Updated July 2020.
A competitor analysis is one of the fundamental things you should do before you launch a new Product or business. Here’s the six-step process we follow to measure the competition.
How to undertake a competitor analysis
As Product Managers, having solid knowledge of our rivals and their activity in the marketplace helps us make better decisions during the strategic product planning phase. It ensures that we’re ready to respond to our competitors and exploit any weakness in order to gain a larger share of the pie.
An important distinction to make before we begin is that a competitor analysis is not a product comparison. Although it may contain the types of products sold, we should not include detailed product features in a competitor analysis. Quite often, two seemingly distinct products can solve the same customer problem or satisfy a similar need. At its core, a competitor analysis should evaluate the strengths and weaknesses of your rivals.
Here is Brainmates’ six-step process for competitor analysis:
Step 1: Define your market
The first step is to articulate the market you serve.
- Who are the customers that are currently buying your product?
- What problem does your product solve for these customers?
The same product may serve more than one segment, addressing different problems or challenges that each segment has. You need to establish this from the outset, before you review your competitors, because you may be competing with different companies in each market segment. When defining your market, pay attention to both demographic information as well as psychographic information. The psychographic attributes you define may mean that you identify multiple segments which will need to be targeted in different ways.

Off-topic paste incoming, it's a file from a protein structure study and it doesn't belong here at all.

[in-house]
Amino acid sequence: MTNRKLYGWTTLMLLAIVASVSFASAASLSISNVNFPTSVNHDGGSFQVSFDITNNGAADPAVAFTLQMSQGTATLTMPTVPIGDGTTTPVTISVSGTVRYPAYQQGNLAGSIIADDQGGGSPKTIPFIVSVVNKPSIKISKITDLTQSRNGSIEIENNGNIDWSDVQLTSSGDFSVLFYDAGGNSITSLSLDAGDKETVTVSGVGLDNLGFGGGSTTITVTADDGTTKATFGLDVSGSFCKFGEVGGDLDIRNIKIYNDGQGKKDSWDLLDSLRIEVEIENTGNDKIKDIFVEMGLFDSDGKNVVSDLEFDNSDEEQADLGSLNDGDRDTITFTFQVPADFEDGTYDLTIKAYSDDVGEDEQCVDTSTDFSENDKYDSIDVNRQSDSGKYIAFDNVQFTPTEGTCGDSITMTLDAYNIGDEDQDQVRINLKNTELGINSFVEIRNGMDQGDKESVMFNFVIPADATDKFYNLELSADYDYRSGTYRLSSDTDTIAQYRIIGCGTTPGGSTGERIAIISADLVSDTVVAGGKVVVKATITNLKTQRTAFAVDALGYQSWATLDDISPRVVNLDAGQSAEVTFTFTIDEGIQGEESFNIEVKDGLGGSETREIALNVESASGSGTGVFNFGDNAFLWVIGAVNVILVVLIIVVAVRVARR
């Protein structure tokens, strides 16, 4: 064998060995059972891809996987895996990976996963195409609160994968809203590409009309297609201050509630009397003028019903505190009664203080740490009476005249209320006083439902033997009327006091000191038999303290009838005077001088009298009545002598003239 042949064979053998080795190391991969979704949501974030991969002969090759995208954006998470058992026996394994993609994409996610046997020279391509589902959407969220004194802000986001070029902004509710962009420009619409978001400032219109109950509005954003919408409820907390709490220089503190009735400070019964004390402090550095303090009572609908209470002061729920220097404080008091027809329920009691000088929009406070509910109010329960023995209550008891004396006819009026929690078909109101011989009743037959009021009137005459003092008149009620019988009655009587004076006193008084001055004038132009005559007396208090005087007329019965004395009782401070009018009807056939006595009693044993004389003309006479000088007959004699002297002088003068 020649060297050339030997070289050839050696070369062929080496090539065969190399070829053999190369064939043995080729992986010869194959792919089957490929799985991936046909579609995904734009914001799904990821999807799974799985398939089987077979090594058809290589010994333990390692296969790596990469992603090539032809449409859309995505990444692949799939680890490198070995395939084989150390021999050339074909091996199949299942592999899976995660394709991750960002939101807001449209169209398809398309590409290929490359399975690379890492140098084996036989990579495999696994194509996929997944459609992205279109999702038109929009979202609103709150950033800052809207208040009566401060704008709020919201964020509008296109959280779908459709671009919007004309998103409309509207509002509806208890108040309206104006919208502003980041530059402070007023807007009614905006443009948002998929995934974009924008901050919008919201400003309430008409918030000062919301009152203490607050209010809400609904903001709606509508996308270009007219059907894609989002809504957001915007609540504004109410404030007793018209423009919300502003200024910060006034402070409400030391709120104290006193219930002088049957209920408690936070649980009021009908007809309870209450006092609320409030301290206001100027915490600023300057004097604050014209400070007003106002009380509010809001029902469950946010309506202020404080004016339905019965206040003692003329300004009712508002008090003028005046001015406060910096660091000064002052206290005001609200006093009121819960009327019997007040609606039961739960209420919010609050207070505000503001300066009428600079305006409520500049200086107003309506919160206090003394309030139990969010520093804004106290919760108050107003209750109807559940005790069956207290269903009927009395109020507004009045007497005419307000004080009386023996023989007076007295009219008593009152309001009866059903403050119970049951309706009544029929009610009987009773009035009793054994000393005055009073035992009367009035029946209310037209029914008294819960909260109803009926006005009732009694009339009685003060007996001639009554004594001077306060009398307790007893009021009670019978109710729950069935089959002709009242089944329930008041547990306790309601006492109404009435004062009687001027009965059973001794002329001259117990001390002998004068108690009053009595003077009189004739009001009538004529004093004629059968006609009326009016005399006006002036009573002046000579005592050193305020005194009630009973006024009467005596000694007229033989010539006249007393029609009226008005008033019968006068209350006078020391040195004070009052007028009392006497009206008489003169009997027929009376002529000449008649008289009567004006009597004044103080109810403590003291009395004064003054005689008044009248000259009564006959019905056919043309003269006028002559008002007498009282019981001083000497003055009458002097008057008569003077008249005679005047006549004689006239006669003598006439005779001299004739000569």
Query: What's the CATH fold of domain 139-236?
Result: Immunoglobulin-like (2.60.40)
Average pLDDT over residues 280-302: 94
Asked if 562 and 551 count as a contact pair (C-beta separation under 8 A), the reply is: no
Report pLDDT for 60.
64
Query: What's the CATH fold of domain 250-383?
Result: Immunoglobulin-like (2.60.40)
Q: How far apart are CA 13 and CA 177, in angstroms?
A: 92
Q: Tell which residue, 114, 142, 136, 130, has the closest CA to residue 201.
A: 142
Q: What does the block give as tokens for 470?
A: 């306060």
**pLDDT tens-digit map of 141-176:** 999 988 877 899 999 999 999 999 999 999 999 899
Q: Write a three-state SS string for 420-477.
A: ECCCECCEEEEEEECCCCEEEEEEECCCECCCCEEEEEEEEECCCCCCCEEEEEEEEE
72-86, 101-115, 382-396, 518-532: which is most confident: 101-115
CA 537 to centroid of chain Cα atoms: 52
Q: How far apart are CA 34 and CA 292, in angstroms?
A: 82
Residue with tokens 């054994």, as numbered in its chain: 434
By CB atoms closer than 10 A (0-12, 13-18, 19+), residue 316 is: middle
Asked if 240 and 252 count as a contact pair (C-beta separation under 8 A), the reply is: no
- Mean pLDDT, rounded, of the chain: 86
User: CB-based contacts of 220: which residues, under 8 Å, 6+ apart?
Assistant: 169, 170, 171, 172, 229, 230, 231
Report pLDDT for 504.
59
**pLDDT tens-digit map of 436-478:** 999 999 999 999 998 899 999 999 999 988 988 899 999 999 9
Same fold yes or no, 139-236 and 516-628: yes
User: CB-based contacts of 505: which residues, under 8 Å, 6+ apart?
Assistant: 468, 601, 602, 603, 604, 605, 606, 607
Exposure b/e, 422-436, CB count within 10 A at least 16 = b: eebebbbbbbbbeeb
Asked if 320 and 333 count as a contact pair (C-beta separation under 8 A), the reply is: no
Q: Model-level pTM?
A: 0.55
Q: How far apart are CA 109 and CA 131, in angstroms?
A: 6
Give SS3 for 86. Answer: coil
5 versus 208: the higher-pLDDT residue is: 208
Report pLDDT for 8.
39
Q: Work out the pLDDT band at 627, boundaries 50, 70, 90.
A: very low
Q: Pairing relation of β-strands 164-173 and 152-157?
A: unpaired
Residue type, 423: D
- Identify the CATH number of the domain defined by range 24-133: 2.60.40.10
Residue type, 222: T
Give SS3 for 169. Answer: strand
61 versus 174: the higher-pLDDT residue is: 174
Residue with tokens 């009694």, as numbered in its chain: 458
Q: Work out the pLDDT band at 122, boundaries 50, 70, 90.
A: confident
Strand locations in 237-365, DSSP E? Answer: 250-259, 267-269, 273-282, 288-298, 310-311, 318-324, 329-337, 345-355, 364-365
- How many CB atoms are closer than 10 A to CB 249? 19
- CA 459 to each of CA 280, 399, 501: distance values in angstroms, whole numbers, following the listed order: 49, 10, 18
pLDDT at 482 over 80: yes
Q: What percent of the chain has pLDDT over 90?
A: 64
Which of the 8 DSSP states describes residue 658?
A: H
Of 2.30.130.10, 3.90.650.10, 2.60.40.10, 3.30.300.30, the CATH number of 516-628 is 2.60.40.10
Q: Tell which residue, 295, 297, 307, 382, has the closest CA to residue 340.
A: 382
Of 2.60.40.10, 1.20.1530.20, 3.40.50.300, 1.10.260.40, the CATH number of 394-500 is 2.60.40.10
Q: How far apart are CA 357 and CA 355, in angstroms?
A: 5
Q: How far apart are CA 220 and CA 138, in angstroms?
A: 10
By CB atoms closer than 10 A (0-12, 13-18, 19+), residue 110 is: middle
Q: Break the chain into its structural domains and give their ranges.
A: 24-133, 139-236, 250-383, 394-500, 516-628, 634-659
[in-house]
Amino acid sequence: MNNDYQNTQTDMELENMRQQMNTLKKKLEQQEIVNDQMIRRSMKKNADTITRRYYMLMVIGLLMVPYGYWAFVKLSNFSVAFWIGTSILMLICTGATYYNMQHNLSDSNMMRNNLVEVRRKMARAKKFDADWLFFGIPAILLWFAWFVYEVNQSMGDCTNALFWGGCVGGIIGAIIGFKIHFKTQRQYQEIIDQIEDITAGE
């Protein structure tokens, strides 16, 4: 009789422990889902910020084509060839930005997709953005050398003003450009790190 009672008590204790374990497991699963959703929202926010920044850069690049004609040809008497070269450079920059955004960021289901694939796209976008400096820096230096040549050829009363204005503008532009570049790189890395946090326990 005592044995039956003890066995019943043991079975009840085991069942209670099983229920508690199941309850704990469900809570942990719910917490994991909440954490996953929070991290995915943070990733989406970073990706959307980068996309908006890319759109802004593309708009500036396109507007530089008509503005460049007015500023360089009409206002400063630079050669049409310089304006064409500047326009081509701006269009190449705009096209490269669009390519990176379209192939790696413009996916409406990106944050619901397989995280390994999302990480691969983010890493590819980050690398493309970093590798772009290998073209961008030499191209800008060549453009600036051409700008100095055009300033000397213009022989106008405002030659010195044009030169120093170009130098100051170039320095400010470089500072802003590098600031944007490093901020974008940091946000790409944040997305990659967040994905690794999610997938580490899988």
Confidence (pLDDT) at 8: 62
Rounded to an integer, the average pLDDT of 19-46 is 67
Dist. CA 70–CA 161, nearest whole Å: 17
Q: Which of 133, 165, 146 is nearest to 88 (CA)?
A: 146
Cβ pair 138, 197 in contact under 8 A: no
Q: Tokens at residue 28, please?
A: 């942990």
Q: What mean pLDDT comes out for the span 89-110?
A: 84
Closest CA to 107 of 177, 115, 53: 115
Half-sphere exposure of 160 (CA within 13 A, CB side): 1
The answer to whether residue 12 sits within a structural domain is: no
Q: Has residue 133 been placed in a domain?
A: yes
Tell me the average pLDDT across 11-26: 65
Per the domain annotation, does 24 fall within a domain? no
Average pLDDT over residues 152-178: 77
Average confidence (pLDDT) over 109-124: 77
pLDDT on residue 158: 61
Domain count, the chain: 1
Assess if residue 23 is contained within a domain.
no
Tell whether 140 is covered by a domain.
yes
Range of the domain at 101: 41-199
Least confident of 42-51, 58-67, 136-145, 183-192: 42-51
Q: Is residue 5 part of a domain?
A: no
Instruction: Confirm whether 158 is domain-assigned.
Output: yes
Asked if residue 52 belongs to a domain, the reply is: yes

Step 2: Create a list of your direct competitors
Once you’ve established your market segmentation categories you should now look at direct competitors to your Product. These include any company that sells a very similar product or service in the same footprint as your organisation. For example; if your company sells dog grooming kits, you would normally only include competitors that also sell grooming kits to your area. The exceptions to this are if they are likely to expand to your area soon or if their product offering is interesting and useful to include in a Product Comparison paper.
If there are too many competitors in your market, choose a handful that you believe are the largest threat to your organisation. Make sure to consider where the market is heading – for example Netflix overtaking Blockbuster, Uber and taxis, Airbnb and hotels.
Step 3: Analyse competitors
To begin your analysis use available resources such as news articles, industry journals, analyst reports, the company’s website, marketing collateral, company reports and so forth. You may also want to do a general blog search to find out what their customers’ and others are saying about the company and the products they offer. Networking events and tradeshows also present great opportunities to collect data about your competitors. Your more loyal customers may also share information with you.
According to Hugh Davidson in his book “Even More Offensive Marketing” grouping your sources of information into three categories can help you determine how useful it is and also whether it’s true or false . He suggests: